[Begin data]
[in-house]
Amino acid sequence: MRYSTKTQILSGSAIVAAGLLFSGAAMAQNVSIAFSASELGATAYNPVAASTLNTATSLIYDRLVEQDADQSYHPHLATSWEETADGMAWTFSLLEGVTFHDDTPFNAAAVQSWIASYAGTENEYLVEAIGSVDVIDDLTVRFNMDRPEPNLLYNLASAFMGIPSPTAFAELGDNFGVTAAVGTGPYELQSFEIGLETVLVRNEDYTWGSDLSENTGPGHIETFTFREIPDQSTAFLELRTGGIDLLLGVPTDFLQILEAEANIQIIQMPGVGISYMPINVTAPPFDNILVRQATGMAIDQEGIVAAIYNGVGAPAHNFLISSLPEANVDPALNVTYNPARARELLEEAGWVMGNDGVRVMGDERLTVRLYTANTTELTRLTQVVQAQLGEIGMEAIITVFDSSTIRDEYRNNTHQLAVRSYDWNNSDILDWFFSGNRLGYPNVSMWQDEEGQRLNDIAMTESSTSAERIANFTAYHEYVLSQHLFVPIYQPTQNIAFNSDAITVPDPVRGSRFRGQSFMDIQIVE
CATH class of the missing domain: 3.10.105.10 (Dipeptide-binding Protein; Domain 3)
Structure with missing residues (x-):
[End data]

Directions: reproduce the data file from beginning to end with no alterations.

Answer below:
[in-house]
Amino acid sequence: MRYSTKTQILSGSAIVAAGLLFSGAAMAQNVSIAFSASELGATAYNPVAASTLNTATSLIYDRLVEQDADQSYHPHLATSWEETADGMAWTFSLLEGVTFHDDTPFNAAAVQSWIASYAGTENEYLVEAIGSVDVIDDLTVRFNMDRPEPNLLYNLASAFMGIPSPTAFAELGDNFGVTAAVGTGPYELQSFEIGLETVLVRNEDYTWGSDLSENTGPGHIETFTFREIPDQSTAFLELRTGGIDLLLGVPTDFLQILEAEANIQIIQMPGVGISYMPINVTAPPFDNILVRQATGMAIDQEGIVAAIYNGVGAPAHNFLISSLPEANVDPALNVTYNPARARELLEEAGWVMGNDGVRVMGDERLTVRLYTANTTELTRLTQVVQAQLGEIGMEAIITVFDSSTIRDEYRNNTHQLAVRSYDWNNSDILDWFFSGNRLGYPNVSMWQDEEGQRLNDIAMTESSTSAERIANFTAYHEYVLSQHLFVPIYQPTQNIAFNSDAITVPDPVRGSRFRGQSFMDIQIVE
CATH class of the missing domain: 3.10.105.10 (Dipeptide-binding Protein; Domain 3)
Structure with missing residues (x-):